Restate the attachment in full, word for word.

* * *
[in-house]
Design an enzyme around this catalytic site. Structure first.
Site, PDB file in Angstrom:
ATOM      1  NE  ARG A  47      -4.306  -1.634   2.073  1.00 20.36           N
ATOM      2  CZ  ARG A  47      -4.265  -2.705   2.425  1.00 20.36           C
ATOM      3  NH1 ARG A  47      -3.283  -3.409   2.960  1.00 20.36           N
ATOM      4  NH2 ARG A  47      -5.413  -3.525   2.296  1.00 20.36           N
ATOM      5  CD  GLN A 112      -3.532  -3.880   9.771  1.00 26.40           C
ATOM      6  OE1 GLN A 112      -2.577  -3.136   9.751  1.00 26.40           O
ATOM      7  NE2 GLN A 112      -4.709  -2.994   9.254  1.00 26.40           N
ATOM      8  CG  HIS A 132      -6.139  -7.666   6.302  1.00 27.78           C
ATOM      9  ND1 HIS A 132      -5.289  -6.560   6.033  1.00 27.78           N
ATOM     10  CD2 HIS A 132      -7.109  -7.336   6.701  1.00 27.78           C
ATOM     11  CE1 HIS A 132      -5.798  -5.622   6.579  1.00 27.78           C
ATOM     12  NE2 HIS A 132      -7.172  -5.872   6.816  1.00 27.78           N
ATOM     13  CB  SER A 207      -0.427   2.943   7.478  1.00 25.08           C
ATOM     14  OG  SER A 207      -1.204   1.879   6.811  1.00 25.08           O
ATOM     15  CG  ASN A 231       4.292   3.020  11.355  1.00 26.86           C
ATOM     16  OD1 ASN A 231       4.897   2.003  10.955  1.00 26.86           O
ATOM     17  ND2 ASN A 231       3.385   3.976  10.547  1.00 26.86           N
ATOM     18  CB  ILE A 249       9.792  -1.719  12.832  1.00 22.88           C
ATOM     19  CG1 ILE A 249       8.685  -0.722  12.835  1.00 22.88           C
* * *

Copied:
[in-house]
Design an enzyme around this catalytic site. Structure first.
Site, PDB file in Angstrom:
ATOM      1  NE  ARG A  47      -4.306  -1.634   2.073  1.00 20.36           N
ATOM      2  CZ  ARG A  47      -4.265  -2.705   2.425  1.00 20.36           C
ATOM      3  NH1 ARG A  47      -3.283  -3.409   2.960  1.00 20.36           N
ATOM      4  NH2 ARG A  47      -5.413  -3.525   2.296  1.00 20.36           N
ATOM      5  CD  GLN A 112      -3.532  -3.880   9.771  1.00 26.40           C
ATOM      6  OE1 GLN A 112      -2.577  -3.136   9.751  1.00 26.40           O
ATOM      7  NE2 GLN A 112      -4.709  -2.994   9.254  1.00 26.40           N
ATOM      8  CG  HIS A 132      -6.139  -7.666   6.302  1.00 27.78           C
ATOM      9  ND1 HIS A 132      -5.289  -6.560   6.033  1.00 27.78           N
ATOM     10  CD2 HIS A 132      -7.109  -7.336   6.701  1.00 27.78           C
ATOM     11  CE1 HIS A 132      -5.798  -5.622   6.579  1.00 27.78           C
ATOM     12  NE2 HIS A 132      -7.172  -5.872   6.816  1.00 27.78           N
ATOM     13  CB  SER A 207      -0.427   2.943   7.478  1.00 25.08           C
ATOM     14  OG  SER A 207      -1.204   1.879   6.811  1.00 25.08           O
ATOM     15  CG  ASN A 231       4.292   3.020  11.355  1.00 26.86           C
ATOM     16  OD1 ASN A 231       4.897   2.003  10.955  1.00 26.86           O
ATOM     17  ND2 ASN A 231       3.385   3.976  10.547  1.00 26.86           N
ATOM     18  CB  ILE A 249       9.792  -1.719  12.832  1.00 22.88           C
ATOM     19  CG1 ILE A 249       8.685  -0.722  12.835  1.00 22.88           C